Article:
Originally posted by LA9erFan:
Larry Coon's perspective...
People I've talked to have told me they'd rather lose a year than continue playing in a broken system. I take them at their word on this.
I think they know full well that the longer this goes (especially when they start missing paychecks on November 15), the better the deal they're going to be able to wrest from the players. So there's no reason to start horse trading now. I think they have two positions in mind -- right now they're at what I'll call Point A, which is their opening position. I'll call Point B their bottom-line, best offer. I think they already know exactly what Point B is. Here is what I think is their timeline:
Now through Nov 15: Stick to Point A, with the only thing they negotiate on is a grace period to implement the necessary changes. If the players agree, then we have a CBA. If not, then they continue to wait.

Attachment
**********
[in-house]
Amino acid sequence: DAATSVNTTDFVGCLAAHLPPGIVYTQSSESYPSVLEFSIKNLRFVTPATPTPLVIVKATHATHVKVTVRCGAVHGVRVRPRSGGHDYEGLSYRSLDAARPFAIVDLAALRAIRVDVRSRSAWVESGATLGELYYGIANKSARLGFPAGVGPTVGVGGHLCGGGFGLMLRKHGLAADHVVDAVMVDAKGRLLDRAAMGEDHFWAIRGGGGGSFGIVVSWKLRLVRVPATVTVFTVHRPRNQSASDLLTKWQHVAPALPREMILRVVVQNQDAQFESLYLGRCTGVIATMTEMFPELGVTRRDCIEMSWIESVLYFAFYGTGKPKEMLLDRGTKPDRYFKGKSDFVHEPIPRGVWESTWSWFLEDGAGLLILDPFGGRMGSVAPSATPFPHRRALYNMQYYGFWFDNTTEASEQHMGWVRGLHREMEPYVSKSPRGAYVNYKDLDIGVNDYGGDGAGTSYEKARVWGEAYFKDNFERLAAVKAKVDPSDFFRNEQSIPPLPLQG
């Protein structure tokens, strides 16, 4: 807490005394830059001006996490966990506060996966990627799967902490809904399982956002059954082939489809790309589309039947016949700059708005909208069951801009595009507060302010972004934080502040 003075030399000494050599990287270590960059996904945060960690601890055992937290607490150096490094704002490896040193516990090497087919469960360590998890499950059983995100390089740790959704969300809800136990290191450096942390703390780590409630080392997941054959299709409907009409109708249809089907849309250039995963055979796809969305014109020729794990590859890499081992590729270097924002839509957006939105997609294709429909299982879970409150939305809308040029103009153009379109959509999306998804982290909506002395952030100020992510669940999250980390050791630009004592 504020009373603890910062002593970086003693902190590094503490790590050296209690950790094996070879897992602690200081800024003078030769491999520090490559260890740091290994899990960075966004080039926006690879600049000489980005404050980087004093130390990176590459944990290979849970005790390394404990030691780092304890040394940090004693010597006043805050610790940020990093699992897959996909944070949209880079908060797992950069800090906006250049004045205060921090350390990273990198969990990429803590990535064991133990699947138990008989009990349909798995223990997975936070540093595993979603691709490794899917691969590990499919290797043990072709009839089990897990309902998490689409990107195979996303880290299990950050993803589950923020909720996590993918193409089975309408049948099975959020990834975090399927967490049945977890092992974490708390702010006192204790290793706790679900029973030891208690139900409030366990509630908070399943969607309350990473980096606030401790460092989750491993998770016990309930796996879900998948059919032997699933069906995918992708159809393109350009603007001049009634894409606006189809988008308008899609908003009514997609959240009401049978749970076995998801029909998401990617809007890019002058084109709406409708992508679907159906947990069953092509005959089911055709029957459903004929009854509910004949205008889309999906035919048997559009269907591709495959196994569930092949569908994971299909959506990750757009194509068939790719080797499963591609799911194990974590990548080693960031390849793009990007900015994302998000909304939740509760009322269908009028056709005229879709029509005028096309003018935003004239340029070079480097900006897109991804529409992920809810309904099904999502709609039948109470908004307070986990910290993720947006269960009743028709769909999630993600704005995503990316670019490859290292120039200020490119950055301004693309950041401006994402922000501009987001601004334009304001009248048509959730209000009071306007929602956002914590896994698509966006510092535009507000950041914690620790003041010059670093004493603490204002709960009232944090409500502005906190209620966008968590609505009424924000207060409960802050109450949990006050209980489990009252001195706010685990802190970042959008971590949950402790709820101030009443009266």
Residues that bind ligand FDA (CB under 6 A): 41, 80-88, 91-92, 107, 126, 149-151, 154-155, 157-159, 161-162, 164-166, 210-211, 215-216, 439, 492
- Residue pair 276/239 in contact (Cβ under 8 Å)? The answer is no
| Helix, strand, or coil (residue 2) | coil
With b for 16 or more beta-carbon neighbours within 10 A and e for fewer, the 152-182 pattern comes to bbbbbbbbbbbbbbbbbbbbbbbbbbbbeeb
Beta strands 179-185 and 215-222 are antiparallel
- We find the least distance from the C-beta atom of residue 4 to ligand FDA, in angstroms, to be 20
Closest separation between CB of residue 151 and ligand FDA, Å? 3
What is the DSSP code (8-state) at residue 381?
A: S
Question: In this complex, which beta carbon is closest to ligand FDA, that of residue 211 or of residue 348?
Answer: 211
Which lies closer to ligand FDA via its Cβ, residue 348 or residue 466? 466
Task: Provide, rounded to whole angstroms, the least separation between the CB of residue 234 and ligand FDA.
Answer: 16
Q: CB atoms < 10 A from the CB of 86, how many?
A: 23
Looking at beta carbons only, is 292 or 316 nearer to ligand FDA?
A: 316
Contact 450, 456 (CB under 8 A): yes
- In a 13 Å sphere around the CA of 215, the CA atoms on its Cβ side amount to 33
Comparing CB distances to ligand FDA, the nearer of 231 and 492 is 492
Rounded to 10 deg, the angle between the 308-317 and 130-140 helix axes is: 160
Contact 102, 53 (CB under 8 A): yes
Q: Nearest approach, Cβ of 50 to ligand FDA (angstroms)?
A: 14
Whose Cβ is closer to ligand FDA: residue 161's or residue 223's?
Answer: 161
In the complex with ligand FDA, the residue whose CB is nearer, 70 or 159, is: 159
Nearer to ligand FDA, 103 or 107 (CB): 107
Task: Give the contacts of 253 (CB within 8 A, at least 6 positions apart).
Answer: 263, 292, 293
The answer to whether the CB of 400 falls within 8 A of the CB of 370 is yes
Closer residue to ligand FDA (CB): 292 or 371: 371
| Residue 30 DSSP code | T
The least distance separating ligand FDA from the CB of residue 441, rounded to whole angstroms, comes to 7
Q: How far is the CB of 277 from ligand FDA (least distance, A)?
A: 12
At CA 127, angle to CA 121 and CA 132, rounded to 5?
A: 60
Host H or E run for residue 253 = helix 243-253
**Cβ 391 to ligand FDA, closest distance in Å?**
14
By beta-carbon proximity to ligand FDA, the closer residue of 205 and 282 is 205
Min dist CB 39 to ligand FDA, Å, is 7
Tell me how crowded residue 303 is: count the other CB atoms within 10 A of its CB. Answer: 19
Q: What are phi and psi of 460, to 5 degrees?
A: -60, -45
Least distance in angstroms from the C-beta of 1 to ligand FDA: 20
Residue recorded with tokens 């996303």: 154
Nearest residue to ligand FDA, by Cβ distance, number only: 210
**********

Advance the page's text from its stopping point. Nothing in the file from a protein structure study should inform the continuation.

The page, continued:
Nov 15 through mid-Jan: Negotiation starts in earnest. They will give up more, but will not go past Point B. Again, if they agree, we have a deal. If not, then they still wait.
Mid-Jan: There will be a specific date on which they decide to cancel the season entirely. Point B becomes their "take it or leave it" offer. If they don't take it, then they cancel the season.
I hope it doesn't come to that. MLB has to be pretty giddy right now.
btw...what are your thoughts on hard cap? I think I've read your views on it before, but I don't remember your position. I'm for hard-cap, but I think it will be grossly unfair if let's say - Miami and Lakers have to abide by the same hard-cap numbers due to no state income tax in FL and high income tax in California.
If they do implement hard-cap, I hope they also force some teams to spend more as well. For example, Kings spent only $44M last year, while Lakers and Mavs spent over $90M. If the cap is set for, let's say, $65M then force every team to spend at least $58.5M. Is there revenue sharing in NBA?